No, no. Yahoo might say, Let's go into the travel business. Why not, you know? But it is the difference between a general practitioner and a specialist. The specialization of Expedia's travel product is very hard to do. Brands that resonate with people have power. I would rather compete using a brand like Match or Expedia that does a service really well instead of using a portal.
You don't see IAC ever getting into the portal business?
If you define "portal" as a search engine, then I wouldn't rule it out--though I also wouldn't want to give anyone the idea that we were planning on plunging in.
You often say you're driven by curiosity. So what are you curious about now?
My interests are anything that can play a role in transforming the world from offline to online, anything that plays in this area of interactivity. I certainly don't see around any corners, but I really do think this is very early, and we have a lot of capital, so we can make a lot of mistakes.
You've spent something like $300 million trying to crack the local market. Was that a mistake?
I am very committed to Citysearch. I was recently asked at an investor conference, "When will you shut that thing down?" I said, "It's probably going to break even in the second quarter. I think that would be ill-advised."
Your name still comes up when there's an opening in Hollywood, though you've made it clear you're not interested. But is there some point at which the line between the Web and traditional media gets too blurry to make out?
Yes. There's no question but that the Internet is going to change the way entertainment products are distributed. The first popular piece of this is the digital video recorder. That's a profound change. It proves that the 500-channel universe was interim technology.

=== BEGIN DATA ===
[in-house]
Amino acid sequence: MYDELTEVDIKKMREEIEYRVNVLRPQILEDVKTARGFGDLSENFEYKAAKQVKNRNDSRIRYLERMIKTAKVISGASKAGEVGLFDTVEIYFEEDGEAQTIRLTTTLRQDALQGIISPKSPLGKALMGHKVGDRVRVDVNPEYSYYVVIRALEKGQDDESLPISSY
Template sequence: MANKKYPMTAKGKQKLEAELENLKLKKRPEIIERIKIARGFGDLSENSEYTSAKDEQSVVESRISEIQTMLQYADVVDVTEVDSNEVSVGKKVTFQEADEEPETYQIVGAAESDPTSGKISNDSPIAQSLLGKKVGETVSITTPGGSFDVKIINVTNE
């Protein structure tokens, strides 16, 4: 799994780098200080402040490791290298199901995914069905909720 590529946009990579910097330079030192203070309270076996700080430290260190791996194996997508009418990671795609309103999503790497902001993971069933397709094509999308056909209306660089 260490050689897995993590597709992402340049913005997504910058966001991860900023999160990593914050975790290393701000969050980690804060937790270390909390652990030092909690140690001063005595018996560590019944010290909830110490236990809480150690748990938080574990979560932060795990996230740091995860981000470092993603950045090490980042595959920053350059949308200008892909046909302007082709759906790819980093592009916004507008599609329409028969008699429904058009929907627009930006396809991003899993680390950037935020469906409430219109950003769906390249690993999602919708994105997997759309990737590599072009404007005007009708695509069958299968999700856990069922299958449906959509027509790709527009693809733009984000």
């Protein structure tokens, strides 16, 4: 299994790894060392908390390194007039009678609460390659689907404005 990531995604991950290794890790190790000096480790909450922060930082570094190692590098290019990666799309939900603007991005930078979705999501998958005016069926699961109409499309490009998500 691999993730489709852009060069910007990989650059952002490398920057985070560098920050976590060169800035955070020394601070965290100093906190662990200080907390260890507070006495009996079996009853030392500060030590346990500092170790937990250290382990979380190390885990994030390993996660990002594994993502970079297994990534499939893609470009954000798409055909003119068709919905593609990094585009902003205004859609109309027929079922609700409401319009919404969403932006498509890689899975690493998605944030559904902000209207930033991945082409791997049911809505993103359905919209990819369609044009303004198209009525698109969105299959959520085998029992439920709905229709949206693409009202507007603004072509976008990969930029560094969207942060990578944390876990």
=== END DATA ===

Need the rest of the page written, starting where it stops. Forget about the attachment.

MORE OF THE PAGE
For now, there are still vast differences: Old media tends to be closed; the Web is open. Will the closed model stand?
The gatekeeper model? No, it can't. How can you trust a gatekeeper when you know the purpose of a gate is to open and close? There will be other wires into the home besides cable. It's inevitable. Telephone companies are stringing fiber to the door, and who knows what with wireless? That has to take away the historical highways with tollbooths.
The master of the gatekeeper model was John Malone. He said to programmers, "Absolutely, come on my system--as long as I own 50 percent of your channel." That's how he built a fucking powerhouse in both cable systems and cable programming.
Now, will that model stand in a world where there's real power delivered by a data pipe that's not controlled by the cable company or the phone company? Well, they'll try to keep as much power as possible, to keep that gate in place for their profit. The only way around it is probably Wi-Fi. I think that is a radically revolutionary idea. If I come along and say, "Wait a minute. I can give you high-speed data, and I don't have to dig up a street ..."
This country's communication policies have really put us at the back of the train of world development. It's remarkable. I think people ought to be marching on Washington over it. I mean, we think fast is 256 kilobits per second.
Right now, a producer who wants to reach a mass audience still has to go through the cable or satellite companies. Will that change?
It's not there yet, but it'll come. I'm impressed with TiVo. I thought they would get slaughtered. But they've kept leading, and that has kept them in. It's probably inevitable that the forces of cable will kill them. But just think five years out. This is one of those trains going down the track. Nobody in front of the train is going to stop it.